The Navy SEAL is almost legendary when it comes to the popular imagination: A combination of peak-perfect athletic form, superior mental aptitude and combat abilities honed to a razor point, Navy SEALs do the impossible day or night, anywhere in the world.
The very best of the best hardly begins to describe the kind of mental and physical toughness required to be a SEAL. The selection process for those who wish to join this elite cadre of warriors is legendarily brutal, and ninety percent of those who volunteer for training fail to complete its first phase, BUD/S (Basic Underwater Demolition/SEALS) training. The most infamous phase of BUD/S training is known as “Hell Week,” and it truly earns the nickname: SEAL candidates work through four days and nights of tests of physical and psychological stamina designed to weed out those unworthy of the SEAL trident. Candidates spend the entire time in and out of the ocean, and get only four hours of sleep during the entire week. Instructors actively encourage the men to give up the entire time.
The struggle doesn’t end with BUD/S, either. That’s just the beginning. Months of specialized training in a variety of operational techniques must be completed and performed to the satisfaction of stringent SEAL standards. Only after passing through this gauntlet will a candidate be presented with the coveted SEAL trident. What happens then? More training, of course.
It takes almost three years before a SEAL is ready for deployment on his first mission, and they’re not used lightly. The loss of a SEAL represents not just the loss of a husband, son, brother, father or friend, but also hundreds of thousands of dollars in training costs. They’re not easy to replace, and there are only around 2,000 SEALs in existence.
SEALs are generally tight-lipped about their work, and are commonly described as “quiet professionals.” SEALs don’t usually publicly brag about their work, and as a matter of fact, some consider this kind of behavior to be a major giveaway when it comes to identifying SEAL impersonators. It’s hard to believe that anyone would be foolish (or brave) enough to impersonate a SEAL, but it does happen.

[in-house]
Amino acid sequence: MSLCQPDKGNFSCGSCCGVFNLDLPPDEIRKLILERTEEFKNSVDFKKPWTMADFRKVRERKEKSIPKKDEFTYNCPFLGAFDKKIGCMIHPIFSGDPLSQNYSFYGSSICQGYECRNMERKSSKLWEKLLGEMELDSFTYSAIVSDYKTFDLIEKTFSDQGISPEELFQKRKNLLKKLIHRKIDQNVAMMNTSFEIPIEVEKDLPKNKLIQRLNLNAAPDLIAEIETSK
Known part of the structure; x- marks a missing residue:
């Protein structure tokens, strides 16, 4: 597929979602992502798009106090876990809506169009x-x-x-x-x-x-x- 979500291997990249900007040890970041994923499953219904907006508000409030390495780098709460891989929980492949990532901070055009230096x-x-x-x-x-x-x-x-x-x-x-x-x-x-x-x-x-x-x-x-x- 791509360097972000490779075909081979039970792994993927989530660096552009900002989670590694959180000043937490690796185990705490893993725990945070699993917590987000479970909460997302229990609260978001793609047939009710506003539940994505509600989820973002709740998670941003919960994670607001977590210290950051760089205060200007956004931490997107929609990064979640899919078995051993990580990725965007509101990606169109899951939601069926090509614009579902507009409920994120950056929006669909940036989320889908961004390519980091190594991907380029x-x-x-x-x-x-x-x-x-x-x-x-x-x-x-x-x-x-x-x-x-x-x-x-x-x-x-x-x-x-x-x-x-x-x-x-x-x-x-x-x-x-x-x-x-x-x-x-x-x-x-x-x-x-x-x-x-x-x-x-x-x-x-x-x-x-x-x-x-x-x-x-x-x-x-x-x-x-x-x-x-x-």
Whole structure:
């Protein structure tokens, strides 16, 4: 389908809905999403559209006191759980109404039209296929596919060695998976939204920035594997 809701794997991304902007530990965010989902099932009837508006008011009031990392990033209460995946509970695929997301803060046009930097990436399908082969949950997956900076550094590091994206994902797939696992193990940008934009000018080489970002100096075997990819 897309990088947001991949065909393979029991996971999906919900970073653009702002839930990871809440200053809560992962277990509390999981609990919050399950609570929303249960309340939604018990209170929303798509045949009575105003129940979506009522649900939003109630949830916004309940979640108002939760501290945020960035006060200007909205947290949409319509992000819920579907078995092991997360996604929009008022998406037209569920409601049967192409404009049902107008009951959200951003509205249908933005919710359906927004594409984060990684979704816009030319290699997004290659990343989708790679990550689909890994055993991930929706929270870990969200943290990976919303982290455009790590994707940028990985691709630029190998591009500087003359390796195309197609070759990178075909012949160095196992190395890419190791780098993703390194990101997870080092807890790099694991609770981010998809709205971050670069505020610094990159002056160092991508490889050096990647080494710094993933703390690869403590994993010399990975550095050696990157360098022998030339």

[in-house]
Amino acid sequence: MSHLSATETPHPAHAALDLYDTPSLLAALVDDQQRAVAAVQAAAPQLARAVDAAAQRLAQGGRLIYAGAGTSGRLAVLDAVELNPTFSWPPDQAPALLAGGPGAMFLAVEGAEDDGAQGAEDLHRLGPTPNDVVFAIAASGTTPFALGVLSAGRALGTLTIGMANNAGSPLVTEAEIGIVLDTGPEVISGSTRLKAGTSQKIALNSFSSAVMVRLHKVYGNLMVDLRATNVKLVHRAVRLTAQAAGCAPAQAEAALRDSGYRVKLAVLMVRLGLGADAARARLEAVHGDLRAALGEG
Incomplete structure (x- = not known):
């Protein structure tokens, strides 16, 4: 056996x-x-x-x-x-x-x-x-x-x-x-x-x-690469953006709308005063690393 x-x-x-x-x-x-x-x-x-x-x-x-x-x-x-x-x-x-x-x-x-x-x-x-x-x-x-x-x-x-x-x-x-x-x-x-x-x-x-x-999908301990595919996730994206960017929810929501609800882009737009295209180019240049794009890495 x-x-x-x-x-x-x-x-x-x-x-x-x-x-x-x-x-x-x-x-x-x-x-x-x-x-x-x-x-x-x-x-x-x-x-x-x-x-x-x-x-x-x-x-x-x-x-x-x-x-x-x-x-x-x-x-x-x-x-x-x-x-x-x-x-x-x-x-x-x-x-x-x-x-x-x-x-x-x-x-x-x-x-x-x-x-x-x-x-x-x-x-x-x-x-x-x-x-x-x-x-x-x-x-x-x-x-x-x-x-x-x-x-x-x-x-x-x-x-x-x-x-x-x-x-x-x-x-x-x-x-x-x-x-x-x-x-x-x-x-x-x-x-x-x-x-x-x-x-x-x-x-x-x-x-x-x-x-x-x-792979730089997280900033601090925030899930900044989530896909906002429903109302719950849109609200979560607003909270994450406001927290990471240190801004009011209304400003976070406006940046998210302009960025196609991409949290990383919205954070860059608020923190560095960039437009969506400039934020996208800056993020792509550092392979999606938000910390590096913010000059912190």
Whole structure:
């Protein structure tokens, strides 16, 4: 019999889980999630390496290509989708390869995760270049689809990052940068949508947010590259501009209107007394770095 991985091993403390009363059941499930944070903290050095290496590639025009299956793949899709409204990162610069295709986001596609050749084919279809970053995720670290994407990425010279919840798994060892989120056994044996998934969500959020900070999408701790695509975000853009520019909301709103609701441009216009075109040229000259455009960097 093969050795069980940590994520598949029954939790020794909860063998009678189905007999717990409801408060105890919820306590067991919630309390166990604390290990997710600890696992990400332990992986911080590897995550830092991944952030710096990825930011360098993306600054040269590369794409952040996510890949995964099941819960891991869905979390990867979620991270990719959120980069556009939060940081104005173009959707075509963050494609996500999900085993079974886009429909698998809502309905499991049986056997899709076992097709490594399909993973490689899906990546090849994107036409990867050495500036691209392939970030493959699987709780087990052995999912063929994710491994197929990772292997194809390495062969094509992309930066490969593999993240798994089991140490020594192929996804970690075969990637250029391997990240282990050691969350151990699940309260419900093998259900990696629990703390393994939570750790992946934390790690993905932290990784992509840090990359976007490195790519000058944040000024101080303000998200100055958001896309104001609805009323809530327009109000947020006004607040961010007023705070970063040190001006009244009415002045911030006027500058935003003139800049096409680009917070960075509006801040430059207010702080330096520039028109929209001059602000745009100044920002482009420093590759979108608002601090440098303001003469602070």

Despite their quiet work ethic, the public does occasionally learn about the SEALs’ missions. Some recent high-profile examples include the rescue of an American sea captain from Somali pirates, and the killing of 9/11 mastermind Osama bin Laden. Who knows how many other anonymous acts of valor SEALs accomplish around the world? A scant few, and they’re not talking. Mostly.
Largely, the SEALs are known by most through their depictions in novels and movies. They’re irresistible for writers; strong, smart and dedicated, Navy SEALs are real-life superheroes. Video games like SOCOM: US Navy SEALs, Call of Duty and Medal of Honor all feature SEALs as playable characters. Movies like “Act of Valor” (produced with the cooperation of the Navy) and Navy SEALs (produced with the cooperation of Charlie Sheen) have put the quiet warriors on the big screen. They’re a mainstay of military and espionage fiction from authors like Tom Clancy, Brad Thor, and Robert Ludlum. There’s nowhere on Earth that the SEALs can’t operate, and seemingly the same is becoming true of fiction. While most of the time the SEALs are depicted in “real life” settings, the SEALs have appeared in science fiction as well, including James Cameron’s “The Abyss” and Michael Bay’s “Transformers: Dark of the Moon.”
Lately, the SEALs have infiltrated into romantic fiction, or more properly, military/romantic suspense, thanks to the efforts of writer Suzanne Brockmann. Her Tall, Dark and Dangerous series chronicled the exploits — romantic and otherwise — of a fictional group of SEALs. The series proved popular with readers – popular enough to warrant almost a dozen novels. While that series is over for now, Brockmann has not forgotten about the SEALs. Her most recent novel, Born to Darkness, is a work of science fiction/romance featuring a disgraced Navy SEAL who finds work as a test subject at a mysterious research facility. It’s the first volume in a new series Brockmann has titled Fighting Destiny.
Whether it’s in the arctic, desert, high seas, jungle or – ahem – bedroom, the Navy SEALs bring their elite skill and dedicated professionalism to the delight of their admirers and the terror of their enemies.